“If Cayman sees value in transforming itself into an effective international arbitration venue, it must further enhance its own legislative strengths which would be considered by parties upon choosing Cayman as their seat of international arbitration. The main strength is provision of the appropriate legislative framework which offers the legal safeguards to protect the arbitration system. We believe that these safeguards are rooted in the UNCITRAL Model Law,” the commission writes.

 

 

Members of the public are invited to submit their comments on any aspect of the Discussion Paper. Submissions should be posted no later than 19 June 2009 to the Director, Law Reform Commission, c/o Government Administration Building or delivered by hand to the offices of the Commission on 3rd Floor Anderson Square or emailed to cheryl.neblett@gov.ky.

 

 

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UK reviews local AIDS policy

| 24/05/2009 | 0 Comments

(CNS): The UK Department for International Development (DFID) is undertaking a review of policies and legislation in its six Caribbean Overseas Territories, including the Cayman Islands to determine how these influence stigma and discrimination against people with HIV/AIDS. The review will also examine treatment and prevention procedures.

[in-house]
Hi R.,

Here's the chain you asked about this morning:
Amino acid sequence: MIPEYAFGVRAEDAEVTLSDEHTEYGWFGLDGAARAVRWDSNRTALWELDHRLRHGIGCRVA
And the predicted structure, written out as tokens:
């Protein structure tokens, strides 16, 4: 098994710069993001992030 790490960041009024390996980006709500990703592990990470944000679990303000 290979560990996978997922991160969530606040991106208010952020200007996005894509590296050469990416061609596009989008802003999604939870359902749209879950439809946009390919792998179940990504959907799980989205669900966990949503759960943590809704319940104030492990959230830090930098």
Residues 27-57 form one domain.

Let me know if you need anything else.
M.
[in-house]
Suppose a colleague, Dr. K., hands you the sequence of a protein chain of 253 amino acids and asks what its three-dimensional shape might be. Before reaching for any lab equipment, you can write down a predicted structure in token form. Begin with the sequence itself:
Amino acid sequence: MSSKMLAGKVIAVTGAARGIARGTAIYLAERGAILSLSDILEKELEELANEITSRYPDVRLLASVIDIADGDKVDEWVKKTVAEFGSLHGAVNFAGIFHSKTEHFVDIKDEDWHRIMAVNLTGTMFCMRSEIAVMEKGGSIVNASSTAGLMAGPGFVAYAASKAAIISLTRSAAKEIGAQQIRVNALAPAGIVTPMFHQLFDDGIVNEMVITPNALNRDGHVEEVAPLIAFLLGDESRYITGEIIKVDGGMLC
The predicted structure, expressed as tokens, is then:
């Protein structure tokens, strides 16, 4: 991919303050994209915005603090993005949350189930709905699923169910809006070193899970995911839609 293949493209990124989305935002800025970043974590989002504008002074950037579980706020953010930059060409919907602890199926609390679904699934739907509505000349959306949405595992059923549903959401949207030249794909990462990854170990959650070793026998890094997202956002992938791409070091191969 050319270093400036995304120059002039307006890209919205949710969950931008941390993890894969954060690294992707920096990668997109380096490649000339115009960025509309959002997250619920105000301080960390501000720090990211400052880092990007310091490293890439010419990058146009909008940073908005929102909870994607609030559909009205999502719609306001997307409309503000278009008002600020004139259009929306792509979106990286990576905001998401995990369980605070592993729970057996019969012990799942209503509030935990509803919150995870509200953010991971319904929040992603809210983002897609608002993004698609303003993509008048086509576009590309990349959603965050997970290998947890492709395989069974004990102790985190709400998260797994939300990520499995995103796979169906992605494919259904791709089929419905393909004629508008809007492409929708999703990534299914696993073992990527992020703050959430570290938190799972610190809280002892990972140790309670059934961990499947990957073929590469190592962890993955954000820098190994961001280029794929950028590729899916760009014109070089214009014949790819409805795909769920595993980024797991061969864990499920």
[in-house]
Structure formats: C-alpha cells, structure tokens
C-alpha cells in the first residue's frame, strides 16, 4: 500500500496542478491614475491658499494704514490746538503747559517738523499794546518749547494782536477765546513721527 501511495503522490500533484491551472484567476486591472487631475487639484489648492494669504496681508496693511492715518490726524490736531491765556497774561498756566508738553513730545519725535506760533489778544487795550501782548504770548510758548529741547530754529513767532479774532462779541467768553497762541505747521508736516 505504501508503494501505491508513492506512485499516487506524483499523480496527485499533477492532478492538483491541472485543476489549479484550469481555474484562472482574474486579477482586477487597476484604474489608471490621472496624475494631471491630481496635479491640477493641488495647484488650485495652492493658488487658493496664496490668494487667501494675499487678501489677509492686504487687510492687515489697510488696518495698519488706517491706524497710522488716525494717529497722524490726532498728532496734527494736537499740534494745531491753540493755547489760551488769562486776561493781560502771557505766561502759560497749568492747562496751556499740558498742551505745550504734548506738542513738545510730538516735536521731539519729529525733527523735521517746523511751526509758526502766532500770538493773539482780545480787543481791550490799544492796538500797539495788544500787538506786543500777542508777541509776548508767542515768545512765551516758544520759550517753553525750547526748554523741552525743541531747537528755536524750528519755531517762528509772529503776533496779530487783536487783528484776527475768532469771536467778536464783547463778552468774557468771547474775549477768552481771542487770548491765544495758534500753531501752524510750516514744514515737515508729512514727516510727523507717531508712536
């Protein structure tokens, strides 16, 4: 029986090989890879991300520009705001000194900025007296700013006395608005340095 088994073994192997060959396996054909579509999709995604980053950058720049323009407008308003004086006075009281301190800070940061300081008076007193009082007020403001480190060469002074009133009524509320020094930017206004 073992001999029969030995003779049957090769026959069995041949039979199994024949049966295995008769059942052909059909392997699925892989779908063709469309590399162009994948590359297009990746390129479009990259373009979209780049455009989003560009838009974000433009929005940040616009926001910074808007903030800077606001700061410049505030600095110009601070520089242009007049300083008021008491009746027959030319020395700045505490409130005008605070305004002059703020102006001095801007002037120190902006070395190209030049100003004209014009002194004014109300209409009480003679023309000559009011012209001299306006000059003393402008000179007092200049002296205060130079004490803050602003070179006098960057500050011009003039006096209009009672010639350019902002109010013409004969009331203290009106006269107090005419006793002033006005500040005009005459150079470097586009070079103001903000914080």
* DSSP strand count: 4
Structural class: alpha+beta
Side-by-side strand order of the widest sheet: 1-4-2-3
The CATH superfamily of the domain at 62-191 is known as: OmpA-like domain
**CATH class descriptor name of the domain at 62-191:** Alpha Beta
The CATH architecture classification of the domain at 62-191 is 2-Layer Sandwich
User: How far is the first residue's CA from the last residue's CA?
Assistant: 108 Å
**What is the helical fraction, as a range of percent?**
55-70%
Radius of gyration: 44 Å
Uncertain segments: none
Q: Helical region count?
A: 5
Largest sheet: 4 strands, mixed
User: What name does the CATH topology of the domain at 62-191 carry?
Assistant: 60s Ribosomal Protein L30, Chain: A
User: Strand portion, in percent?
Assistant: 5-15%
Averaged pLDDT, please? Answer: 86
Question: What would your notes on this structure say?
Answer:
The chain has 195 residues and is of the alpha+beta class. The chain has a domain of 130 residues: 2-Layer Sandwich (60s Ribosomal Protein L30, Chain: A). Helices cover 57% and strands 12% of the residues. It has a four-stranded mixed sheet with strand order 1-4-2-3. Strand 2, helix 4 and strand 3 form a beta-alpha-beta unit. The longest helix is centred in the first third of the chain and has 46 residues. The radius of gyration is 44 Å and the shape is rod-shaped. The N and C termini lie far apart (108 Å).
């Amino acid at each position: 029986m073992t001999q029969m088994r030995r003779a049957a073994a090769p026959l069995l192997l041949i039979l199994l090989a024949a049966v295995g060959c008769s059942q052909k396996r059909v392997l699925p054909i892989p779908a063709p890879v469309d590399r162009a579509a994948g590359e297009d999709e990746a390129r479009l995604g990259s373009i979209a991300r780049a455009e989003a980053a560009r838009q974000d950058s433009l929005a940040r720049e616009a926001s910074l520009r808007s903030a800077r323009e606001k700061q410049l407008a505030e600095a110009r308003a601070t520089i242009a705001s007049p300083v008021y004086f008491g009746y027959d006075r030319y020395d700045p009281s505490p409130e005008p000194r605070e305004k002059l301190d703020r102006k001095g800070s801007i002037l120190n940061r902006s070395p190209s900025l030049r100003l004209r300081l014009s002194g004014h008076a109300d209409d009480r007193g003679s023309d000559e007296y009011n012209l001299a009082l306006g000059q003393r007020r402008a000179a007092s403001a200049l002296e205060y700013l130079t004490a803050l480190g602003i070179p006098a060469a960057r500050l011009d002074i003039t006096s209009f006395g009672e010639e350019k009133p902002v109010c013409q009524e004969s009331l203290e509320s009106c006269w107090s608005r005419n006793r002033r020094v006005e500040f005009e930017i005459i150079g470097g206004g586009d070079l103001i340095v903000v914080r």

Dr Jeff Cumberbatch, the AIDS consultant recently visited Cayman and met with HSA officials in preparation for the Cayman Islands’ participate in the regional study. Over the next two months, Dr Cumberbatch will review policy to determine how it influences stigma and discrimination against people with HIV/AIDS.

The analysis will specifically look at the atmosphere in which a country responds to HIV/AIDS and will identify legal and socioeconomic issues that have a significant impact on HIV-related stigma and discrimination. I

t will also compare local preventative and treatment procedures with international best practice. 

“We welcome this opportunity for an independent review of our HIV/AIDS policies and look forward to implementing any recommendations necessary to improve our policy or legislative framework,” said Chief Officer of Health Diane Montoya.

The study project is part of DFID’s support to the Caribbean Epidemiology Centre (CAREC), which in turn provides planning and technical assistance to Caribbean OTs in taking action against HIV/AIDS.

 

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Tax haven seeks respect

| 24/05/2009 | 1 Comment